A brief outline for us to be going on with:

Monastic communities, both of men and women, have played an important role in the history of Britain. In a society which presented few options or opportunities, this way of life offered many attractions. What the life lacked in glamor, it more than made up for in serenity and stability. The monastic life offered social mobility for some, and a refuge for others. The monasteries provided the opportunity for education, freedom from some of the economic uncertainties of the times, and, often, a career path that could lead to a very high station in life.

Monastic communities trace their origin to the early centuries of the Christian era. Some early Christians fled to the Egyptian deserts to live alone (monos) with God. These Desert Fathers greatly influenced the development of monasticism, both Eastern and Western.

At the heart of the monastic impulse is the rejection of the world, and the recreation of paradise.

The Desert Fathers were, at first, solitaries (ermetical). Later hermits gathered into small communities and shared some aspects of life together (cenobitical). This tension is often reflected in the history of monasticism.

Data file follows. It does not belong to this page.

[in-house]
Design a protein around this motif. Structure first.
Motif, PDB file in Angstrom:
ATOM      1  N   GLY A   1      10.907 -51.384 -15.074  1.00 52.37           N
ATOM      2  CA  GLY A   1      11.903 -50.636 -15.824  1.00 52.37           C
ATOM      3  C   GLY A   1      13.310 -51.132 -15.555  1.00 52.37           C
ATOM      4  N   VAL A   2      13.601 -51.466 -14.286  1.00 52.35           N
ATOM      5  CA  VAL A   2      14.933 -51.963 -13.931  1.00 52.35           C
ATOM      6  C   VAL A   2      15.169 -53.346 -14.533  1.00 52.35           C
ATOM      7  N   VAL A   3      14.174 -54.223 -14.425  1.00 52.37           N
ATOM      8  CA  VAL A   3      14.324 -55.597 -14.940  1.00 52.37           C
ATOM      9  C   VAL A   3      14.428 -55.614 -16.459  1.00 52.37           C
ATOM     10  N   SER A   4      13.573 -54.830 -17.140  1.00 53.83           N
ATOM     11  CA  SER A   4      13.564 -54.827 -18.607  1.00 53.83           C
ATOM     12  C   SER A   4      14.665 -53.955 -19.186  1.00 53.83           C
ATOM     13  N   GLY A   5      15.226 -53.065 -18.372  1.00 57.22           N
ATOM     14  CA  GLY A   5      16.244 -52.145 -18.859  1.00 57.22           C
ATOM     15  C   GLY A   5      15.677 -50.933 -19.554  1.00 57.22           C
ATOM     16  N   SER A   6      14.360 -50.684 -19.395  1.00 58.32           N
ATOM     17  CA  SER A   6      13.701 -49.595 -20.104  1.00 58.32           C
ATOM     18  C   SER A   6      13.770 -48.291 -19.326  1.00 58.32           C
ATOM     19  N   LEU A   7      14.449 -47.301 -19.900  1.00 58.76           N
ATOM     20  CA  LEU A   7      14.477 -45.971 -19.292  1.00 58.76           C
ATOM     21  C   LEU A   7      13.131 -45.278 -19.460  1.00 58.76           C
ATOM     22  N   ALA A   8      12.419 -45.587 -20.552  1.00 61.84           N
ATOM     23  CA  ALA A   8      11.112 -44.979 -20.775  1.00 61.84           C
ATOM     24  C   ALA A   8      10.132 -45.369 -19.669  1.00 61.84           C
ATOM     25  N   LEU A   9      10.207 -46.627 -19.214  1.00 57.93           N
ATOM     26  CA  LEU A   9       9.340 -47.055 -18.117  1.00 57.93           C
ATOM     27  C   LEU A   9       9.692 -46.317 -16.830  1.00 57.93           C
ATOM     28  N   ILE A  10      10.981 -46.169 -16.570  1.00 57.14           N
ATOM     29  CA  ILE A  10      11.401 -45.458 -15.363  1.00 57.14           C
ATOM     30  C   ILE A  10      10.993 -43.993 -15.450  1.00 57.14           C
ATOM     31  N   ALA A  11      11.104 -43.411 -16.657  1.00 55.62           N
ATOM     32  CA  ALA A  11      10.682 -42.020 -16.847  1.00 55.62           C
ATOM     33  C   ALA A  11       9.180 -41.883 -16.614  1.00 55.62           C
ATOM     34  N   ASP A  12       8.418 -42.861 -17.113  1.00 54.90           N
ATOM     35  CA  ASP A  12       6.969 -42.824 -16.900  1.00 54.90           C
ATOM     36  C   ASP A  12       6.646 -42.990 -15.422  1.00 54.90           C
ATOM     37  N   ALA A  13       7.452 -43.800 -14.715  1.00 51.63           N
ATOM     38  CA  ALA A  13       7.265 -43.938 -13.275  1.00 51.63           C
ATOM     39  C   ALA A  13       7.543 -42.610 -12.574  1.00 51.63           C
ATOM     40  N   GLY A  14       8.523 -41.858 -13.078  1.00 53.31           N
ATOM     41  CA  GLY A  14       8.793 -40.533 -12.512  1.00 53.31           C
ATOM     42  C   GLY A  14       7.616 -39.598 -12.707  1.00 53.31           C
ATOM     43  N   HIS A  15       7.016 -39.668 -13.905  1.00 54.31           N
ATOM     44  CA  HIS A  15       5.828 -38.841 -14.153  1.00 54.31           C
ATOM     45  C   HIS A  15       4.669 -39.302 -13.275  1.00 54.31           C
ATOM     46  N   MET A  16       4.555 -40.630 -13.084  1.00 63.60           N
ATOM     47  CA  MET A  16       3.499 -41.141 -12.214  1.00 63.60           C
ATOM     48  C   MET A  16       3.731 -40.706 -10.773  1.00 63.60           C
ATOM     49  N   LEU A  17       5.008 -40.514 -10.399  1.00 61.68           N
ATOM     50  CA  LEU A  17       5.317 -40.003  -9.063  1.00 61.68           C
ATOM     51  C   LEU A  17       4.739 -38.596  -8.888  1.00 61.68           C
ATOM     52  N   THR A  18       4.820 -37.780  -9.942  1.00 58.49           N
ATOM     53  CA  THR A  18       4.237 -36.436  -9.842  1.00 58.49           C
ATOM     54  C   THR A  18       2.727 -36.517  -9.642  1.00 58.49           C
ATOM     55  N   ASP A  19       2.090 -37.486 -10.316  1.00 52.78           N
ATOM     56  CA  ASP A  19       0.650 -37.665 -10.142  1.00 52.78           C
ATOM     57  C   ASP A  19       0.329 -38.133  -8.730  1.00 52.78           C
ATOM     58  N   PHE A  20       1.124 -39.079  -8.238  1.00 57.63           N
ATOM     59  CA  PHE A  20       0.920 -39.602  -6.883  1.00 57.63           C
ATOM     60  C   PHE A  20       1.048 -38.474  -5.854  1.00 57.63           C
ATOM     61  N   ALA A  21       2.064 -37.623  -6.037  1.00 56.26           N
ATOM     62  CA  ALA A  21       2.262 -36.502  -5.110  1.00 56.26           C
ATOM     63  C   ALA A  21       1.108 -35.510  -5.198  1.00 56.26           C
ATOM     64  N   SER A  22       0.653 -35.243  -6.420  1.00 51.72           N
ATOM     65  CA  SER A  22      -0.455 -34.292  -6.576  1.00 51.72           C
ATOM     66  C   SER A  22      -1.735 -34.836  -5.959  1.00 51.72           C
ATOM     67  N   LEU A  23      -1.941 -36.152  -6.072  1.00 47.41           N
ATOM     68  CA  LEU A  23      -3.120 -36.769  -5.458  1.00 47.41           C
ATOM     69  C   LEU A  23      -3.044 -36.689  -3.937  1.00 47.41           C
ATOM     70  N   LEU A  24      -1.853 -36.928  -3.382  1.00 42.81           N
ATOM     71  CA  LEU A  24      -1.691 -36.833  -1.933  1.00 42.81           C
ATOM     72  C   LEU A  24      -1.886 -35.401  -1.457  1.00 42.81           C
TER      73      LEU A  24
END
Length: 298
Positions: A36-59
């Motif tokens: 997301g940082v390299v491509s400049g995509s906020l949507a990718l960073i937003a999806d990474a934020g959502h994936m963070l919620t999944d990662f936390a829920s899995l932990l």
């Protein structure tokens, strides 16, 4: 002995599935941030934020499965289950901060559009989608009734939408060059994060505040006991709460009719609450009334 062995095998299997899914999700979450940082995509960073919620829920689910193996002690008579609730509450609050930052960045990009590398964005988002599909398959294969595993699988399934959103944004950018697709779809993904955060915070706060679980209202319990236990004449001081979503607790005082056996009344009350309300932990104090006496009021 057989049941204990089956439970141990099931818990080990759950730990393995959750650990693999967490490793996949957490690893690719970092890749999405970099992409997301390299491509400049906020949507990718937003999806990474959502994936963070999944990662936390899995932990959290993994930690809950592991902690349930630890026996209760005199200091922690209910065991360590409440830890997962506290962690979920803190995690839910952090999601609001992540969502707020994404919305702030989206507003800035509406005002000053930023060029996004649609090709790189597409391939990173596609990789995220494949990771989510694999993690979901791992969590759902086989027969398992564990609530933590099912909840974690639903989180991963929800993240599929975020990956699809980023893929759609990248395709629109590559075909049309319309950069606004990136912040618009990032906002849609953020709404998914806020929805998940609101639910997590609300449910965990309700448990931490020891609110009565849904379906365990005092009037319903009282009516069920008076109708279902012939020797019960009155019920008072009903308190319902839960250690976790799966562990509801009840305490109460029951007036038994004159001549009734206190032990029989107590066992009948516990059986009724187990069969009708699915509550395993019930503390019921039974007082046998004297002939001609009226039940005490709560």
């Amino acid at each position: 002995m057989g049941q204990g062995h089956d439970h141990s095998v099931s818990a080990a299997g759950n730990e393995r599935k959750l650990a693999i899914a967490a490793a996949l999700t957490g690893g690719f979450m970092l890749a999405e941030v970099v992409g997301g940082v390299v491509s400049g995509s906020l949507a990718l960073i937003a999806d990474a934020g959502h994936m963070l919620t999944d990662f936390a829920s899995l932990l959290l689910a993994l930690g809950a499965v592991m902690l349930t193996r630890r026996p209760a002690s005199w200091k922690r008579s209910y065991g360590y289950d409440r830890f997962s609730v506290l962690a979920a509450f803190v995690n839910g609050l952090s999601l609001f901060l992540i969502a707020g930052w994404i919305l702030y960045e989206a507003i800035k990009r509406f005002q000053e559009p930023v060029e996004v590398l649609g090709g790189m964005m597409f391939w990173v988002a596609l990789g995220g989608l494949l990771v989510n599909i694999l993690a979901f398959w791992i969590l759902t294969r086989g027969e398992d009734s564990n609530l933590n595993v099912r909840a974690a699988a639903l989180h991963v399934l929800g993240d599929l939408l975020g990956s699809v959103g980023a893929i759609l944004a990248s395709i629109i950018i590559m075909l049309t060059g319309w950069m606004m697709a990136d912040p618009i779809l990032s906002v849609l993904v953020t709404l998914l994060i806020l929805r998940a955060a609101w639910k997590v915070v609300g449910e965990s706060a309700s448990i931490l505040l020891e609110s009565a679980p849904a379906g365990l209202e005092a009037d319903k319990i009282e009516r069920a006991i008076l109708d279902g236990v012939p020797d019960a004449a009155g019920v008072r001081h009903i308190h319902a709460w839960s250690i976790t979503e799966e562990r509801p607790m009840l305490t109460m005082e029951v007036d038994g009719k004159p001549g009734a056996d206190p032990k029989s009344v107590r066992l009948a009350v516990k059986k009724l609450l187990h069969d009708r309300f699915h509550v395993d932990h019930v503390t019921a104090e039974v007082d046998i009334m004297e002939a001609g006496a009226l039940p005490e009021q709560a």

The founding of Western Monasticism is attributed to St. Benedict of Nursia (c.480)-c.547). Benedict did not originate monasticism in the West, but he regularized it, altering something here and adding a bit there to provide a more balanced and moderate style of monasticism. His “Little Rule for Beginners” required a vow of stability which unites a monk for life to the particular monastery in which his vows are made (an extremely important new development). Benedict also stressed the cenobitic life under the authority of an Abbot and Rule. Those that follow the Rule of St. Benedict are called Benedictines. Manual labor and prayer comprised the focus of monastic life and is reflected in the Benedictine motto, “Ora et Labora.” Manual labor was later interpreted to include academic labor.

Benedict’s Rule was brought to Britain in 597, by St. Augustine, who had been sent by Pope Gregory the Great (both of whom were Benedictines) to preach to and convert the Saxons, who had taken over control of the island, by this time.

The Benedictine observance co-existed with other observances of Celtic origin for some 50 years, but, in the end, prevailed at the Synod of Whitby in AD 664, thanks to St. Wilfred of York, St. Benedict Biscop and others.

Over the next 900 or so years, the Benedictines and all other monastic orders, would go through various vicissitudes which came to an abrupt end, around 1540, with the Dissolution of the Monasteries under Henry VIII.